Shares of Canadian cannabis growers Aphria Inc. APHA and Tilray Inc. TLRY are trading sharply higher on Wednesday, following news about the two companies merging.
The deal would create the largest enterprise in the cannabis industry by revenue.
It is estimated that the combined entity will be valued at roughly $3.9 billion, boasting pro-forma yearly sales of $685 million.
Benzinga caught up with Aphria CEO and chairman Irwin D. Simon, who will maintain those two positions in the new company, and Tilray CEO Brendan Kennedy, who will serve in the new corporation’s board of directors alongside one other person picked by Tilray, and seven others (including Simon) from Aphria.
Conversations between Tilray and Aphria started 12 months ago. At first, Simon said, Kennedy was not entertaining the idea of a merger, at all.
“We were really not talking about an acquisition. It was just trying to understand what each of us were doing and how it was complimentary,” Simon says.
But ongoing conversations softened him up.
Now, Kennedy seems quite comfortable passing the torch to Simon, leaving his spot as CEO after many years at the helm.
“I'm thrilled to announce this today, to have someone with Irwin's knowledge and expertise in public markets, at the helm of the company,” he added.
Simon is eager too. He finally gets to run a public company of a size that’s comparable to the one he had co-founded in the early 1990s — The Hain Celestial Group.
“I now find myself in the position to run a company with the same market cap of Hain, if not bigger, in an industry that, if you look at the size of this industry from around the world, it's $100 billion dollar-plus industry, and an exciting transformational industry,” he said, praising the Tilray team he’ll be closely working with in the coming years.
The excitement is evidenced very clearly by the choice to keep the Tilray name for the combined entity.
Recognizing that both names are very popular, but have also had their issues in the past, Simon explained the decision was based on Kennedy’s personal connection to the Tilray name, as well as the fact that the brand resonates strongly with Millennial investors and consumers alike.
‘On The Edge Of Breaking Through’
Aphria and Tilray intend to create a global cannabis company that can overtake any of the large U.S.-based MSOs.
To achieve that, their strategy is multifaceted.
“We're on the edge of breaking through with some incredible innovation. We're on the edge of breaking through some very exciting medical opportunities,” said Simon.
“I am an operator. I am an entrepreneur. I am a team builder. And I like to be a visionary, defining incredible categories, incredible brands, and incredible products," he added. "And that's what I see here — Aphria and Tilray coming together means we’ll have the dollars to invest in research and technology, to come out with some conclusive studies that we're trying to do on the benefits of cannabis.”
Simon highlighted Tilray's “great” medical business, comparing it to Aphria’s “okay” medical business. The combination, he continued, will result in one that surpasses both of them.
“This is no longer an industry about just rolling up pre rolls and getting high. This is a lot more. There are new attributes, and a lot more professionalism, and a lot more branding that's brought to this industry,” Simon declared.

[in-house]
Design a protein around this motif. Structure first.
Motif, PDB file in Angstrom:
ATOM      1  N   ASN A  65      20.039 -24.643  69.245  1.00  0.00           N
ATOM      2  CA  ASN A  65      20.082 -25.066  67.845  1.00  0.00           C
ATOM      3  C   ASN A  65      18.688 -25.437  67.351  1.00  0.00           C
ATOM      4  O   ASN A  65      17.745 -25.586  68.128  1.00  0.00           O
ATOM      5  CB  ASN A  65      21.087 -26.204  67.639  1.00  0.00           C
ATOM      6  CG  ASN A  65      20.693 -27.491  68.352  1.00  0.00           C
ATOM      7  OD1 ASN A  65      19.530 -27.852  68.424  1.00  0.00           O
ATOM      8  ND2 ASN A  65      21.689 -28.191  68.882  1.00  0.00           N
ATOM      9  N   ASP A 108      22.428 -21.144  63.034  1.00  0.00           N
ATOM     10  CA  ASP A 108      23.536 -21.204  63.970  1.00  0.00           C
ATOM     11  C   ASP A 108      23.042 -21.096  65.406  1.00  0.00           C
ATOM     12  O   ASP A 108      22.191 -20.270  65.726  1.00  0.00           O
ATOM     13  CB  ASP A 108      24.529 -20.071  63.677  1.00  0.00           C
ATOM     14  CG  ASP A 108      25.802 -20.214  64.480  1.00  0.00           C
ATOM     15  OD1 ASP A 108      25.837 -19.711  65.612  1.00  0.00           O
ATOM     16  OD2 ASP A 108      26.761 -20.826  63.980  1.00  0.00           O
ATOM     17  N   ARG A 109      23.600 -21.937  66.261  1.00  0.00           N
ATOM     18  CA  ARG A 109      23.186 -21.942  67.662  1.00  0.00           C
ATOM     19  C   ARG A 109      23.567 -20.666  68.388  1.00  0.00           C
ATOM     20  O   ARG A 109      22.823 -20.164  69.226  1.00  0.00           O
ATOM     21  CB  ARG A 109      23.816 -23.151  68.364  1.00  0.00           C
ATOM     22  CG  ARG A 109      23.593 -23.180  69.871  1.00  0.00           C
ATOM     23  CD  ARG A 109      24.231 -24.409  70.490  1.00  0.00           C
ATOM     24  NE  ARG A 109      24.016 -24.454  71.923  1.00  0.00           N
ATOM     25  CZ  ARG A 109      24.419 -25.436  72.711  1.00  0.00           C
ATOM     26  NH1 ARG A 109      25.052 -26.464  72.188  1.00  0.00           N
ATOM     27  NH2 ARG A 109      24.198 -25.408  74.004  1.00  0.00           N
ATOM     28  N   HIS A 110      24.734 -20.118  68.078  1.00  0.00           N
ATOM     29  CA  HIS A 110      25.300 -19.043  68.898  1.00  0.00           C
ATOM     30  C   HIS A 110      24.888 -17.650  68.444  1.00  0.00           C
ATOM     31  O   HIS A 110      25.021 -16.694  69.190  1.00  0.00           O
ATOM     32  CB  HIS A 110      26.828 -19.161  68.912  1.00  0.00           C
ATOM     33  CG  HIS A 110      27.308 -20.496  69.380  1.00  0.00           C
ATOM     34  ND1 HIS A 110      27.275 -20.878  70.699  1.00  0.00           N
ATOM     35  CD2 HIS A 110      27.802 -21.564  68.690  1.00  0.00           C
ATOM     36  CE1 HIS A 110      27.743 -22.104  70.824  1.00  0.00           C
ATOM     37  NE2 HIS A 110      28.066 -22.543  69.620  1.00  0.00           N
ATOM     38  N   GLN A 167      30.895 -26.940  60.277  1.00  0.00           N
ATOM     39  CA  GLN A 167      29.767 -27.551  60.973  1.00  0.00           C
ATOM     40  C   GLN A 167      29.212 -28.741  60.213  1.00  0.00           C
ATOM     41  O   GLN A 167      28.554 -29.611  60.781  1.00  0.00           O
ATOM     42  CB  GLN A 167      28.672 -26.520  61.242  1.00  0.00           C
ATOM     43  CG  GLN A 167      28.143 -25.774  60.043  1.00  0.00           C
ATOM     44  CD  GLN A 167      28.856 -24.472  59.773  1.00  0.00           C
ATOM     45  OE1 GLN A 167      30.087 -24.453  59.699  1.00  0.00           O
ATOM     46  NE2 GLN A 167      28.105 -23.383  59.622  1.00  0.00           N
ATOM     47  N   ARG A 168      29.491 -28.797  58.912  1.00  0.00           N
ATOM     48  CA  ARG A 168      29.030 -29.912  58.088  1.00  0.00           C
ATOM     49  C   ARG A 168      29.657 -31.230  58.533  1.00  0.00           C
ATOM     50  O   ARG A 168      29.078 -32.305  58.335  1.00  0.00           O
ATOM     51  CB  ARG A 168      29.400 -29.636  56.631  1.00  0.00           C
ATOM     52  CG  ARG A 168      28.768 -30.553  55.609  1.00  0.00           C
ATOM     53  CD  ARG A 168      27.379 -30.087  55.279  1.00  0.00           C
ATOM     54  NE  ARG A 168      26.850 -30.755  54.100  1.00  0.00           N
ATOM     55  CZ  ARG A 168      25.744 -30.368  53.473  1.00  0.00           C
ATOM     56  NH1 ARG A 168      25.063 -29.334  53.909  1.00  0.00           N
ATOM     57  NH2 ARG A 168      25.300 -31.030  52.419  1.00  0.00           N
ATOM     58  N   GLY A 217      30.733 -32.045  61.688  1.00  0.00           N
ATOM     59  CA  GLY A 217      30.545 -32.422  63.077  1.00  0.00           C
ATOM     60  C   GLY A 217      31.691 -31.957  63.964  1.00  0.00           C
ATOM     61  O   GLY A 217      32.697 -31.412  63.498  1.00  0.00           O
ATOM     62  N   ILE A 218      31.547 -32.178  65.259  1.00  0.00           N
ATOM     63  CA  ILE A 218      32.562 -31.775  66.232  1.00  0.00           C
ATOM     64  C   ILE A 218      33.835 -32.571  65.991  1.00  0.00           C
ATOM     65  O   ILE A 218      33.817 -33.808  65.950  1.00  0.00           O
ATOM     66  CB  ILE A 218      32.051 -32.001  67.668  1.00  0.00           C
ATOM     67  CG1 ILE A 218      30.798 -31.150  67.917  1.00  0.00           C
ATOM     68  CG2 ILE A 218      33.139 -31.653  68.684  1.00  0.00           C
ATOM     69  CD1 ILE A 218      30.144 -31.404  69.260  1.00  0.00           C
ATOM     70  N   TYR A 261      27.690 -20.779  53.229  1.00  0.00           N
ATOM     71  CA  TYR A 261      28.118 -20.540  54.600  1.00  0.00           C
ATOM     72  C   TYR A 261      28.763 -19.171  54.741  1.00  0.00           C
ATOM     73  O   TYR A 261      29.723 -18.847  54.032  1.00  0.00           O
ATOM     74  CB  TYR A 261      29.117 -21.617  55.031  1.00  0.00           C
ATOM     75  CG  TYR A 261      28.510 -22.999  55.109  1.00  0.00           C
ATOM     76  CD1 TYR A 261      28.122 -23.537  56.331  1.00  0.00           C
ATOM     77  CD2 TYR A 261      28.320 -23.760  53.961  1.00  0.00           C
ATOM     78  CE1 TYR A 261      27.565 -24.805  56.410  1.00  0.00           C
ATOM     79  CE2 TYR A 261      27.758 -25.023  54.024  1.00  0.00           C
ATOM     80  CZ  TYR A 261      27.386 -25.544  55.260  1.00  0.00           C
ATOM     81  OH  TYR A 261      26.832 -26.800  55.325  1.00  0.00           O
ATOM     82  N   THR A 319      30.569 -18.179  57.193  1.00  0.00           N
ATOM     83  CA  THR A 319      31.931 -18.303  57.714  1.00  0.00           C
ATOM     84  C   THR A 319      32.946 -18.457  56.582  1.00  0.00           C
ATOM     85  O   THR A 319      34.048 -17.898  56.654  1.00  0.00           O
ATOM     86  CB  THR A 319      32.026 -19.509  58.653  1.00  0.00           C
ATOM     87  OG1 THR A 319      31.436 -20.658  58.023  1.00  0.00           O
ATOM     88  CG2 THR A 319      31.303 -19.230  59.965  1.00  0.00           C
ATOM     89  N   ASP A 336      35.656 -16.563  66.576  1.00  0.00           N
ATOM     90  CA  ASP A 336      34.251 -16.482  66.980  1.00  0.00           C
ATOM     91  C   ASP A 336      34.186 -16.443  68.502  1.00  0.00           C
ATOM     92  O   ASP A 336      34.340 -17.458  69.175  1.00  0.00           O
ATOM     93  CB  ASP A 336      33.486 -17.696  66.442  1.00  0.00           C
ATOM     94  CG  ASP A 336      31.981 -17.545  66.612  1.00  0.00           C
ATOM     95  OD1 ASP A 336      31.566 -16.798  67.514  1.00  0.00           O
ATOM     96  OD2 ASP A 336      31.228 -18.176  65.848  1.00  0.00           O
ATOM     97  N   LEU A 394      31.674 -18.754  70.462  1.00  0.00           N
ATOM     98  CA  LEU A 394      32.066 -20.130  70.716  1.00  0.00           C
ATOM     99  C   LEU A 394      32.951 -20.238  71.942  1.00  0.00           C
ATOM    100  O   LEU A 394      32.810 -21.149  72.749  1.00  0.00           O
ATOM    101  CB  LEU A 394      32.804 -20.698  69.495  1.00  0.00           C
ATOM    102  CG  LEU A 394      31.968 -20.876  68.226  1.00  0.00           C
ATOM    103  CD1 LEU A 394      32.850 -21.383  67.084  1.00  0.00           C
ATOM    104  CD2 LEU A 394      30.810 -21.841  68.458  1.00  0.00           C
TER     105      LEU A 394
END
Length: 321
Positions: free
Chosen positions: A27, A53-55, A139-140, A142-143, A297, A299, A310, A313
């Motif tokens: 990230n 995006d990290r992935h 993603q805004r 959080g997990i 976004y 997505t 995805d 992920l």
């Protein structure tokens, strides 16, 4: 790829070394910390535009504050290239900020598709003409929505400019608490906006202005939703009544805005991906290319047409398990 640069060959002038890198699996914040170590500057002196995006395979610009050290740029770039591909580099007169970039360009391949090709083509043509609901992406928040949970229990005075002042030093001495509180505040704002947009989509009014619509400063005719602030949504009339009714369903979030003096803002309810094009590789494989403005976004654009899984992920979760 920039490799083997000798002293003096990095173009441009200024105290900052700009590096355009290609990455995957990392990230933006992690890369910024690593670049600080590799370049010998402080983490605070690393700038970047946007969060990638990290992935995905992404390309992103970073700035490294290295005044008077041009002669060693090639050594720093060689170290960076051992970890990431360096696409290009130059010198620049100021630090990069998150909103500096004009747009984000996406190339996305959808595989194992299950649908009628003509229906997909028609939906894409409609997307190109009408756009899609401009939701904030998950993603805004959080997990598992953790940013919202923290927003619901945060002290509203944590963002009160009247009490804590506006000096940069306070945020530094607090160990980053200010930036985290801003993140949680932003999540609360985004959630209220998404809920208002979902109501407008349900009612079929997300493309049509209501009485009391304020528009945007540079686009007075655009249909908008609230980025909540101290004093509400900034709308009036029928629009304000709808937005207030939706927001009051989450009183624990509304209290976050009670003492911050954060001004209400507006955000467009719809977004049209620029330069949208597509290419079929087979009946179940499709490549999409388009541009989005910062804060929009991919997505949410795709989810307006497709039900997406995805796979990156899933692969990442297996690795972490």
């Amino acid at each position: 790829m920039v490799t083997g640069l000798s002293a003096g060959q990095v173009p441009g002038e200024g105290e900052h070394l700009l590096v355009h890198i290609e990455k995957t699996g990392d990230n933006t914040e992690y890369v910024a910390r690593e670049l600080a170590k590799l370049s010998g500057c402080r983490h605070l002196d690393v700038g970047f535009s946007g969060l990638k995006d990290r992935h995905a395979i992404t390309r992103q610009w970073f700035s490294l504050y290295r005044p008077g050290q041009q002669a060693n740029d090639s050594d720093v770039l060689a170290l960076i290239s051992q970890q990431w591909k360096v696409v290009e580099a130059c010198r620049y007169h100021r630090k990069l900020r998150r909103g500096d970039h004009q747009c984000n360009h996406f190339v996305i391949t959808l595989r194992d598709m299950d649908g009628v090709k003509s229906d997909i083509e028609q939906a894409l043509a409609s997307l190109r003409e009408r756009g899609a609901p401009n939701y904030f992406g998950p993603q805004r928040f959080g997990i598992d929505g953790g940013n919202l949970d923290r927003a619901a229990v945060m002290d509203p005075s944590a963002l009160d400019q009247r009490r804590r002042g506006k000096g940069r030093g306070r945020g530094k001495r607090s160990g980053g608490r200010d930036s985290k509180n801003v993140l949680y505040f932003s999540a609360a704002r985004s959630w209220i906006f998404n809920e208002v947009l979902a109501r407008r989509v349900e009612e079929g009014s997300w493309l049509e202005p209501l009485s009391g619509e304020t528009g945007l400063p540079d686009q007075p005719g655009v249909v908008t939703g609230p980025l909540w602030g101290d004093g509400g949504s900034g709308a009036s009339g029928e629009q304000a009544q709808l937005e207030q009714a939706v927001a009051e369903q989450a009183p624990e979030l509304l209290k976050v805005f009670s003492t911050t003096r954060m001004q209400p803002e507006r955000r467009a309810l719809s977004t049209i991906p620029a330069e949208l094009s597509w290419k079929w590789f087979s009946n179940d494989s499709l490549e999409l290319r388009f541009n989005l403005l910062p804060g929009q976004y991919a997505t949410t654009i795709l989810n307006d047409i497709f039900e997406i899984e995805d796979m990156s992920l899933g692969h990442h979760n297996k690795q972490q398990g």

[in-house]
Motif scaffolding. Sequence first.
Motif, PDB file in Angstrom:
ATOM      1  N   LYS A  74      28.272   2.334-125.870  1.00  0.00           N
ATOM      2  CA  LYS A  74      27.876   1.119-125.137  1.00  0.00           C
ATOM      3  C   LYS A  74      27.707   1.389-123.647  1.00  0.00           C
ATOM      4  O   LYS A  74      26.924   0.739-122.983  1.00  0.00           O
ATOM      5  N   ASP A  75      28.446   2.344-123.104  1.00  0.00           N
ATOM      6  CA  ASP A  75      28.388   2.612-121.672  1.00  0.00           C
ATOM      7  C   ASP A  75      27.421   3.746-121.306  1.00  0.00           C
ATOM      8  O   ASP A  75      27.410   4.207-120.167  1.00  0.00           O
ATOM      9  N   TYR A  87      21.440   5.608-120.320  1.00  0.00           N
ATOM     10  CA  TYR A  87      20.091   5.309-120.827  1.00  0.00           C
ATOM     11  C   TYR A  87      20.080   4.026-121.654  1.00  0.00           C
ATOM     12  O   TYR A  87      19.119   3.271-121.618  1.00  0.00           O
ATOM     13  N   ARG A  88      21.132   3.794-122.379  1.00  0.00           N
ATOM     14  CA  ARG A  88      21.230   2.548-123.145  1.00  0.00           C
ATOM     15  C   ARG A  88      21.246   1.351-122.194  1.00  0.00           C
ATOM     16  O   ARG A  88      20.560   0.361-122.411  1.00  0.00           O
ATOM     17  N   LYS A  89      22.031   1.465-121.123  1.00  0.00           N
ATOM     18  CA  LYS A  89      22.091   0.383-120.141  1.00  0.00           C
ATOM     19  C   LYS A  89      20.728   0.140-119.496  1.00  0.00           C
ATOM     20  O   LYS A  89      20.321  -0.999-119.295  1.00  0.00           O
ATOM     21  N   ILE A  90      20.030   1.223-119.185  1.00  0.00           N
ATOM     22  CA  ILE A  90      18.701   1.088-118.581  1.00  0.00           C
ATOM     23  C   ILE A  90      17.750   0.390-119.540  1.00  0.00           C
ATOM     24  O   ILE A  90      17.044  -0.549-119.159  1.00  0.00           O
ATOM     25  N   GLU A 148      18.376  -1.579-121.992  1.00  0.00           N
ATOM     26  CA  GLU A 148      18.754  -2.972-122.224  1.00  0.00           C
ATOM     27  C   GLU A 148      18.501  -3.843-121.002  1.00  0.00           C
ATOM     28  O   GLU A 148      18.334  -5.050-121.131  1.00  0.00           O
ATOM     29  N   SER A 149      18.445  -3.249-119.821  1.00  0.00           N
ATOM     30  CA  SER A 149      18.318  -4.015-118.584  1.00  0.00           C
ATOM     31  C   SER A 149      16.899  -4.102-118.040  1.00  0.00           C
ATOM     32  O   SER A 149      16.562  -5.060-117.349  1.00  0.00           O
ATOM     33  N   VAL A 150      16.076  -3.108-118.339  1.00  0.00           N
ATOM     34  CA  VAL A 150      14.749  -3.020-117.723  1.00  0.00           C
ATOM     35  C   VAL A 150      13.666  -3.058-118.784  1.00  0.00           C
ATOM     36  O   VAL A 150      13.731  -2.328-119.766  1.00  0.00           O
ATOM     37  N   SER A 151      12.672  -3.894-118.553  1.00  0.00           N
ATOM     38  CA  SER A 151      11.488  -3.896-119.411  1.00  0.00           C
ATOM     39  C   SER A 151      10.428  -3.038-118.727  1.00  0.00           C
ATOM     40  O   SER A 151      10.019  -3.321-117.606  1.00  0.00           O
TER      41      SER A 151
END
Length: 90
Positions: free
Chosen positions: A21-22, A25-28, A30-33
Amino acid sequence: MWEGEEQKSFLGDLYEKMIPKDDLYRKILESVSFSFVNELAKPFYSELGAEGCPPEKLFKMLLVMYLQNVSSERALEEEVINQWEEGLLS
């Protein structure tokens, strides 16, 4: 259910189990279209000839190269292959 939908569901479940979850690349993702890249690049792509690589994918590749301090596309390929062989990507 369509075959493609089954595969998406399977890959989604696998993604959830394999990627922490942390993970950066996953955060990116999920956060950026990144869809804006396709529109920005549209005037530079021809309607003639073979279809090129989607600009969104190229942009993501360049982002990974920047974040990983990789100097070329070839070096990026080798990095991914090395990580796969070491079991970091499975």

“The Canadian LPs are kind of not in vogue right now. There's been a lot of market cap loss with Canadian LPs. There's a lot of cash loss. But if you come back on the combination, if I have to compete with Canopy and Aurora today, we're much larger, in Canada, in Europe, and in the U.S.," he added. “There's going to have to be some moves, no matter where the U.S. market goes, that will give me a seat at the front of the table in the U.S. and we'll be ready for it.”
Cost Savings, Not Layoffs
According to Tilray and Aphria, the combination should result in pre-tax cost savings of at least $78 million. A big part of these cost reductions will come from moving Tilray’s purchasing of cannabis from other LPs into Aphria’s facilities in Leamington, Ontario.
Also big will be the savings from:
- Combining beverage and edible businesses
- The costs associated with running one public company, versus two separate corporations.
- Packaging, freight, and warehousing.
- A combined sales force.
- Shared marketing, communications, and social media efforts.
- Shared offices.
“There is at least C$100 million in savings from low hanging fruit. And we think there are other major savings out there that will come as we get deeper into putting these businesses together,” said Kennedy.
Sadly, “cost savings” has become almost a synonym of layoffs in the cannabis industry in the last year. And thus, the elephant in the room: will there be layoffs following the merger?
“We have very few layoffs during COVID,” Simon clarified quickly. “The great thing about this is, the big layoffs come in regards to closing facilities. There is not a big overlap here; if anything complimentary. And with moving a lot of the growth opportunities of Tilray into Aphria facilities, there will be hiring. I don't see massive layoffs there for the organization.”
Kennedy reaffirmed his new partner’s point.
“One of the reasons that one of the reasons that this is occurring was that the overlap between the two companies was relatively minimal,” he concluded. “Everything that we built in Canada, Europe, Australia, and the U.S. – with the Sweetwater and Manitoba Harvest deal is complementary.”
Lee este artículo en Español en El Planteo: Exclusiva: Hablamos con los CEOs de Aphria y Tilray sobre su Fusión
Lead image by Ilona Szentivanyi. Copyright: Benzinga.
© 2023 Benzinga.com. Benzinga does not provide investment advice. All rights reserved.
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